Well Being

Healthy People, Healthy Planet: Eating Well

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A recent article in the BBC pointed to the threat that obesity posed to the UK population calling it a “potential crisis on the scale of climate change.” The alarming trends revealed by a government study said half the population will be obese within a quarter century. Other than the scale of the problem, the Beebs article didn’t make any further connections between environmental issues and health problems but the two are intertwined – a healthy lifestyle has some very eco-friendly benefits and vice versa.

The relationship between health and the environment plays out in a multitude of ways but it all comes down to choices. Most people would rather be fit and live on a healthy planet but, for one reason or another, the choices we make as individuals and as a society often deter both of those directives.

Sometimes these choices are beyond our control and this can leave us feeling disillusioned that our own actions make no difference. The reality is you are in control of your life and your choices. You can take control of your health and have a positive affect on the health of the planet at the same time.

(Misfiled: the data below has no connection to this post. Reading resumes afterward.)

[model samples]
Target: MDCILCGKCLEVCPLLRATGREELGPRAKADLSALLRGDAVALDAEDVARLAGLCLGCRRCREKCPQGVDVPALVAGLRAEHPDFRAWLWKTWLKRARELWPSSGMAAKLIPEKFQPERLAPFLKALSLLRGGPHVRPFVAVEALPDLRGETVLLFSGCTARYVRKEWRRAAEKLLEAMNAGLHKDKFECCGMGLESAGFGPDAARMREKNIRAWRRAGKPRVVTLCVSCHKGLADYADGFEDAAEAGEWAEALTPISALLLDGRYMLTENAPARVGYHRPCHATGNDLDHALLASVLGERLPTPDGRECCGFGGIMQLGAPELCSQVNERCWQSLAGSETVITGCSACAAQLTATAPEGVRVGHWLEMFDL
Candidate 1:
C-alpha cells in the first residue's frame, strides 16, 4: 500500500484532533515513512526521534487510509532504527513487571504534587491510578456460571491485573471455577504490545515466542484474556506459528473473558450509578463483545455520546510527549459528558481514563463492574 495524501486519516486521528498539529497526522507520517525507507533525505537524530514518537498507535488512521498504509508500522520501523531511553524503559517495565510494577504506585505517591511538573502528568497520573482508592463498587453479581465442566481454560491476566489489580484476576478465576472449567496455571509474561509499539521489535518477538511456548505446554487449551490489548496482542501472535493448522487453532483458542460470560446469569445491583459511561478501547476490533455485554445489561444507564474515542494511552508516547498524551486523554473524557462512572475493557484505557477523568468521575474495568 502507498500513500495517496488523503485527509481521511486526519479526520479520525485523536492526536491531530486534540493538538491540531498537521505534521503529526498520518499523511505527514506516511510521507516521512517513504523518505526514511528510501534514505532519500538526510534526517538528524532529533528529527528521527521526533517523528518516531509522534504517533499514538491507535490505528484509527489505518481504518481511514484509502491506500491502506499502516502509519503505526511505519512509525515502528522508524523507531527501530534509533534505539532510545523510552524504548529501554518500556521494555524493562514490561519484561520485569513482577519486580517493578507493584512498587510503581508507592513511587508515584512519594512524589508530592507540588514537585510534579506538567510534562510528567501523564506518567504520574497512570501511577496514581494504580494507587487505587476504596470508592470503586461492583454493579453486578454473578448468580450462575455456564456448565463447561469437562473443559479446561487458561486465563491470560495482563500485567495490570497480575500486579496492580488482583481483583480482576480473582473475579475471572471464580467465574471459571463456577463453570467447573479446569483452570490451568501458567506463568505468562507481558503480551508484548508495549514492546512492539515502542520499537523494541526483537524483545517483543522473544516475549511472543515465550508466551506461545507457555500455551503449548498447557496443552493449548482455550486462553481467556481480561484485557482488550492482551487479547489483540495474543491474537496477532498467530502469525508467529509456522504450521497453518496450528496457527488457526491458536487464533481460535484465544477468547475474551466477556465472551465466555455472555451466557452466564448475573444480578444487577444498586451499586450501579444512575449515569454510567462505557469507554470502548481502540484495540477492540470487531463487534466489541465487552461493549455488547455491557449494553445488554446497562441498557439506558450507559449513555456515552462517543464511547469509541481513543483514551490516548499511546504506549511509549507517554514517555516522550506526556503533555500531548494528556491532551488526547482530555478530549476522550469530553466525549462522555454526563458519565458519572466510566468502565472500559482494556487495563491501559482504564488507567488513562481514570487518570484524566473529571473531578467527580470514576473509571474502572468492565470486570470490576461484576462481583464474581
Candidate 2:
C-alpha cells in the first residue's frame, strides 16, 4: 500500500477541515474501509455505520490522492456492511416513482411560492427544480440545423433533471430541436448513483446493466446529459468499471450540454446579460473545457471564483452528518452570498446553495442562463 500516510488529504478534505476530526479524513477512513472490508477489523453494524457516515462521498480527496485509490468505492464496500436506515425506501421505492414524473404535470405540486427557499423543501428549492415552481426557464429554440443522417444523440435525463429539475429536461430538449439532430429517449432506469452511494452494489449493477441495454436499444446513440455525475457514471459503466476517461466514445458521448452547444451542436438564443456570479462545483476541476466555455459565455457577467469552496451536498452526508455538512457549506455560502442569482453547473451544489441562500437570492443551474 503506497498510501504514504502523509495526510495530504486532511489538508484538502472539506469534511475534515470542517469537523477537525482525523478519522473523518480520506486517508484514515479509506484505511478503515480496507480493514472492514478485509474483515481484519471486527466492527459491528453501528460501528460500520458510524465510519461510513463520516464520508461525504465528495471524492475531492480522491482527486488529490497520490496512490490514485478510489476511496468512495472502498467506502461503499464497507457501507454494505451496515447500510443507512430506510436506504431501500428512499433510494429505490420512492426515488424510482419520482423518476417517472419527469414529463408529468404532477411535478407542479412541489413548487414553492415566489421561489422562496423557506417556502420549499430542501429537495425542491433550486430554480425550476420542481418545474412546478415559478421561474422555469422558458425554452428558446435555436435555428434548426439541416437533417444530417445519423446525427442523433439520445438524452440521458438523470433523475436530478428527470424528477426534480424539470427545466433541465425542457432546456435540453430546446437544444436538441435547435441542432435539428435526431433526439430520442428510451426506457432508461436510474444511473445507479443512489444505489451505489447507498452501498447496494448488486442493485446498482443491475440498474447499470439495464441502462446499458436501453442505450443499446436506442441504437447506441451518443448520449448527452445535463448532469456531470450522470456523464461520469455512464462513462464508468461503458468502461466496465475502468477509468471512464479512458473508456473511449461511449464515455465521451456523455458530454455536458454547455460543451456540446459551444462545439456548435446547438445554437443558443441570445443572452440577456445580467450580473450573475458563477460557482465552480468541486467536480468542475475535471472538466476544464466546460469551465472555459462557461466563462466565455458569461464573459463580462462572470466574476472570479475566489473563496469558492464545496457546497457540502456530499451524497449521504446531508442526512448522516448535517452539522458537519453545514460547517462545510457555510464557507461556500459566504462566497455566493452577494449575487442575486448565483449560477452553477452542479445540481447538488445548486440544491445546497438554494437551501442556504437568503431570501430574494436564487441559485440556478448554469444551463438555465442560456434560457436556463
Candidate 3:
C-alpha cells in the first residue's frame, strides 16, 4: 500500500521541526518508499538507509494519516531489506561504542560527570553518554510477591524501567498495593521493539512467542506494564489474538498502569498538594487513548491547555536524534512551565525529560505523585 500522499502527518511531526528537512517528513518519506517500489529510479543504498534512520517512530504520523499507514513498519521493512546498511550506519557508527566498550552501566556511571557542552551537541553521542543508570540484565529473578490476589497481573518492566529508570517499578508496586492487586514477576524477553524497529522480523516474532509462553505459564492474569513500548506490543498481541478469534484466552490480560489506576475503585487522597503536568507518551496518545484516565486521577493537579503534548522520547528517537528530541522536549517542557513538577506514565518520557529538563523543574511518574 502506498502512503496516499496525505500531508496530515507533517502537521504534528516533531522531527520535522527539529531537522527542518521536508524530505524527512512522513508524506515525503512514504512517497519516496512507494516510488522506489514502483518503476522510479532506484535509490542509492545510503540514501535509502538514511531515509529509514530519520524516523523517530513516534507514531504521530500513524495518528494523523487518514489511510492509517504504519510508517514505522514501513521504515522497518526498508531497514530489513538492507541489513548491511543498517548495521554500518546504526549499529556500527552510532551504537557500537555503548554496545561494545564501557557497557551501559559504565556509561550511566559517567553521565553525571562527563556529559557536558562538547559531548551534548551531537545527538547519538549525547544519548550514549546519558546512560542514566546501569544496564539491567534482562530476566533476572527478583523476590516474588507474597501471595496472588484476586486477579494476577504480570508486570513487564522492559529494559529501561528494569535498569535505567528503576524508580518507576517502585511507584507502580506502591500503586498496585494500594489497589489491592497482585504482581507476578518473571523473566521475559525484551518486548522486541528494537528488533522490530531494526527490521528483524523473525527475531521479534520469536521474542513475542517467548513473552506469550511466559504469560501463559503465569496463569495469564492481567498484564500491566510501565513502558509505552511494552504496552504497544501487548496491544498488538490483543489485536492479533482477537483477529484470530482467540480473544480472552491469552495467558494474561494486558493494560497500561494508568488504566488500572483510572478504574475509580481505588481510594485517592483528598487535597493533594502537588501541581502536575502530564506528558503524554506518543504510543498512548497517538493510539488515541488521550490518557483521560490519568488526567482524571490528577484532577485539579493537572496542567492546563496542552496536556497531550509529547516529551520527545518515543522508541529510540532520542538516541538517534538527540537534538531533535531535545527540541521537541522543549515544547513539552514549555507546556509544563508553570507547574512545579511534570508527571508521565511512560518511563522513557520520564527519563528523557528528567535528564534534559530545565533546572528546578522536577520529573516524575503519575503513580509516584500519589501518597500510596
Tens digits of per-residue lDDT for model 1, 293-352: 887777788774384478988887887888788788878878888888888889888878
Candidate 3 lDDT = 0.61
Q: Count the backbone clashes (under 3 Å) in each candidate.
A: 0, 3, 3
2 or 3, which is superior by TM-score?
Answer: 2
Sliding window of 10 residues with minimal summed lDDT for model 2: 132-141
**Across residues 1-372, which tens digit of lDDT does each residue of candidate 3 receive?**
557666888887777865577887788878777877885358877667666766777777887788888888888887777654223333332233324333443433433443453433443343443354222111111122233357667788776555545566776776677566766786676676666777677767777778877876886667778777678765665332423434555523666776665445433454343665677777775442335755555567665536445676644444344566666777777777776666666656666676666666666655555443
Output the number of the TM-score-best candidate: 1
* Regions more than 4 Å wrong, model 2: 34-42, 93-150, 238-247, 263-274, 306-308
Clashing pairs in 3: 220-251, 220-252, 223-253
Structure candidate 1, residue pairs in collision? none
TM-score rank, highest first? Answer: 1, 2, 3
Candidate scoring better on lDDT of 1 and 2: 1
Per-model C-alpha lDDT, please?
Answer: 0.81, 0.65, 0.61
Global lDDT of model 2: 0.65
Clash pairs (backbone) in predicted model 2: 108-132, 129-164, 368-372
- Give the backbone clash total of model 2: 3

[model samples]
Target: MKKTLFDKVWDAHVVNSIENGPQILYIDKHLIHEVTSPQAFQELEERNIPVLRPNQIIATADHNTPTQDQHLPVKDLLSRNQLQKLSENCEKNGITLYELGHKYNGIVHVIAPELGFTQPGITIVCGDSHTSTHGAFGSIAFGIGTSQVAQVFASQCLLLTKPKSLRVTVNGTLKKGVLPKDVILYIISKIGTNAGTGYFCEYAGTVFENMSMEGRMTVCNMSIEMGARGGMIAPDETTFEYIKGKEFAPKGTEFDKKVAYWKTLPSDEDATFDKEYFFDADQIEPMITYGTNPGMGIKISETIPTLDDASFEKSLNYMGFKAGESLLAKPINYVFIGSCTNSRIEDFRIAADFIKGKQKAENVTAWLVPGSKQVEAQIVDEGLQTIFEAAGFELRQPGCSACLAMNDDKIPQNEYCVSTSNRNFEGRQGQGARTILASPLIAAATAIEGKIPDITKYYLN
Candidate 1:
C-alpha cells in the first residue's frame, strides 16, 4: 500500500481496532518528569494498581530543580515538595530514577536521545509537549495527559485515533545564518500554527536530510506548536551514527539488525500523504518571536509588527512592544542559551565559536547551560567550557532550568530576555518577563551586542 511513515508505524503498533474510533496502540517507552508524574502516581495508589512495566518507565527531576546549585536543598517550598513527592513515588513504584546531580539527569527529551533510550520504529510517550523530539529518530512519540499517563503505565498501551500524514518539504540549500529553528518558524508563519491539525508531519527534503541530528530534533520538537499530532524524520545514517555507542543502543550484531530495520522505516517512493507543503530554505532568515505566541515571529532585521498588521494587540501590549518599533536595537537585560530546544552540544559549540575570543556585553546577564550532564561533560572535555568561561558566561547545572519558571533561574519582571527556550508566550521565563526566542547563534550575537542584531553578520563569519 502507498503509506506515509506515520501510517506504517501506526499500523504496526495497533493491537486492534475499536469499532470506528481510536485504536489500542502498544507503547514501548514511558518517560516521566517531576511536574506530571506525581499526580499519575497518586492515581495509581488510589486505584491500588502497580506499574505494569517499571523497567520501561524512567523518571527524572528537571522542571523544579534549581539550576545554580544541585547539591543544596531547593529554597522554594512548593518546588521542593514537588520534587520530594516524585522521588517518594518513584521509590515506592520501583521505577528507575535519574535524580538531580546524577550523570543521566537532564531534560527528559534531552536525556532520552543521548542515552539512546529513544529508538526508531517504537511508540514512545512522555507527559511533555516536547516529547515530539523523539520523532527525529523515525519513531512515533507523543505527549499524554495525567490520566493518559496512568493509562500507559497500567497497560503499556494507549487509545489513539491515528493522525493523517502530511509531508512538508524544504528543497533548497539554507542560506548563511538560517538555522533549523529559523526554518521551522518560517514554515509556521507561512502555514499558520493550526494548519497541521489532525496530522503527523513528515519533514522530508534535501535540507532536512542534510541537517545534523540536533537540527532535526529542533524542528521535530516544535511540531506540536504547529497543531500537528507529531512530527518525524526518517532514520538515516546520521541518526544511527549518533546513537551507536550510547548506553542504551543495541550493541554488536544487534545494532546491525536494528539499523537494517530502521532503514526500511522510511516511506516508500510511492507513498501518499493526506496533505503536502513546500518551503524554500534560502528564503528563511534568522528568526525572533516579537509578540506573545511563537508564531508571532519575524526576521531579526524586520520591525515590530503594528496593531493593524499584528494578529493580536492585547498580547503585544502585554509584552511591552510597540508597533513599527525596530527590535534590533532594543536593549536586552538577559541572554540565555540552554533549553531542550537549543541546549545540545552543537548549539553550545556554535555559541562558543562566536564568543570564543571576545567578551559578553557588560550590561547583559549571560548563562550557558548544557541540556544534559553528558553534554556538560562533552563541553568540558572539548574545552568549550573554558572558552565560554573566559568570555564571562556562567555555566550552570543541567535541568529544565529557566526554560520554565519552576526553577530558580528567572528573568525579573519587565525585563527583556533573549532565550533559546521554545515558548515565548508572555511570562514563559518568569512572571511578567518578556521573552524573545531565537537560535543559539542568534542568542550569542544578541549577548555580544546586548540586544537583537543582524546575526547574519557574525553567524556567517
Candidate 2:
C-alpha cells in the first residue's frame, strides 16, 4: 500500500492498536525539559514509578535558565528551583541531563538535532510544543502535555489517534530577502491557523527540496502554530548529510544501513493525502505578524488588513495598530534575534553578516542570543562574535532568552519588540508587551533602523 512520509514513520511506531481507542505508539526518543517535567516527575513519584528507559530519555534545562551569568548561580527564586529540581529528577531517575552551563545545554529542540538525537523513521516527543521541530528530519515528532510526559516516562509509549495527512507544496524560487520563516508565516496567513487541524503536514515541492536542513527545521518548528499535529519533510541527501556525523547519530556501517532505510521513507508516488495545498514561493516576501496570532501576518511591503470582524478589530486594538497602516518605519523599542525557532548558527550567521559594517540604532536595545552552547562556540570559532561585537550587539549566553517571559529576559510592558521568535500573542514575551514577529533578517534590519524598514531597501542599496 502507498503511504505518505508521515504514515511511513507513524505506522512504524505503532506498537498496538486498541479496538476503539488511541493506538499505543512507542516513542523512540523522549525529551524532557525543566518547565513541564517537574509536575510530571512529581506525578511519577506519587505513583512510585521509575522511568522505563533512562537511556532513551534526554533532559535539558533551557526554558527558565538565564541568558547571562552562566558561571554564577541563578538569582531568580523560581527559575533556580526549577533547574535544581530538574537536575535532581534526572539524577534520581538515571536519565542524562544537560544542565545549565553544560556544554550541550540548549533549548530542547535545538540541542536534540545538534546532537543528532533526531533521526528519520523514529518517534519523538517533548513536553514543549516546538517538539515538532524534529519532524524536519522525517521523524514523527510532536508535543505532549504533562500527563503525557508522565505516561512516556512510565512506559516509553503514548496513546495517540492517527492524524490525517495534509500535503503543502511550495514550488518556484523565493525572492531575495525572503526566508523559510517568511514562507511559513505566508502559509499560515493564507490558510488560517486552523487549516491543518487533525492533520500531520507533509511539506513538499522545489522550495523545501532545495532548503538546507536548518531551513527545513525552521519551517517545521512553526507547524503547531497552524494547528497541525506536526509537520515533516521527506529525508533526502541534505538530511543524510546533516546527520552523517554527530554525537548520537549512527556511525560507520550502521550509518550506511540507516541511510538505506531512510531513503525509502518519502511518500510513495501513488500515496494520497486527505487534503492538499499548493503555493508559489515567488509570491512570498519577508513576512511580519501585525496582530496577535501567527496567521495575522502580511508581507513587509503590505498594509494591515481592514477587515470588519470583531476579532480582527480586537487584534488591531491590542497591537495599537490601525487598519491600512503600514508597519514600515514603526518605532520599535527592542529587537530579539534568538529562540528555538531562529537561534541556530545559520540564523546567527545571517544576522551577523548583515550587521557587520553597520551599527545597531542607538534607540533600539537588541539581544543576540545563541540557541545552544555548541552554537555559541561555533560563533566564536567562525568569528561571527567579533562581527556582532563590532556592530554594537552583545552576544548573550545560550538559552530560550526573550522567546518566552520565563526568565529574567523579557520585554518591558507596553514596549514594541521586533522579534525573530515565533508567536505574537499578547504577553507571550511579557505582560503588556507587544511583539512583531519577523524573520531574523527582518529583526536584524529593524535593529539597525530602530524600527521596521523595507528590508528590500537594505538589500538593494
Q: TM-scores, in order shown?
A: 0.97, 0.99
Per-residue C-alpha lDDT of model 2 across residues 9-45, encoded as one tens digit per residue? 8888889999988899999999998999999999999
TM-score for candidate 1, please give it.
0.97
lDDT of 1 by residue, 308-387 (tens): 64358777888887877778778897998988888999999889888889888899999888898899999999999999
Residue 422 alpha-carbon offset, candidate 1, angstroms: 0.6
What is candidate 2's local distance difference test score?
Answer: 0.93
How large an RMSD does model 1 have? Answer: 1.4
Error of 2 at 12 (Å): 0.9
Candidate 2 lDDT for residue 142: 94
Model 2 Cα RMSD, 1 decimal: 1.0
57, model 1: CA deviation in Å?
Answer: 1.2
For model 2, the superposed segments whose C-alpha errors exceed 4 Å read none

Today’s Focus: What you eat

A healthy diet is central to our physical and emotional well-being. Eat more locally grown food, eat more fruits and vegetables and cook or make your daily meals to be healthier, save money and tread lighter on the Earth.

Locally Grown

Local harvests support community farmers and have lower embodied energy, the energy used for transport. Buying from a local farm supports the local economy, connects you to your community and helps you eat a more seasonal diet that is both fresher and more sustainably grown. You’ll experience a connection to food that is aligned with annual changes, in other words you’ll have a closer connection to nature.

Eat Your Veggies

Most Americans don’t get enough fruits and vegetables into their diet and are deficient in many minerals and vitamins. Eating more fruits and veggies is not only good for your body, it’s also good for the planet. Foods lower on the food chain have less embodied energy, this time in reference to the actual energy it takes to grow them. Meats are energy-intensive and have less benefits for your body.

Make it yourself

Eating out is not only expensive, it’s also a practice that brings undesired “extras” like extra salt, extra sauces, extra calories. Takeout in particular is bad for the waistline and produces unnecessary paper and plastic waste. Keep your kitchen stocked with healthy snacks to bring with you on the go and pack meals from home in reusable containers for lunch. You’ll eat healthier and avoid adding to landfills.

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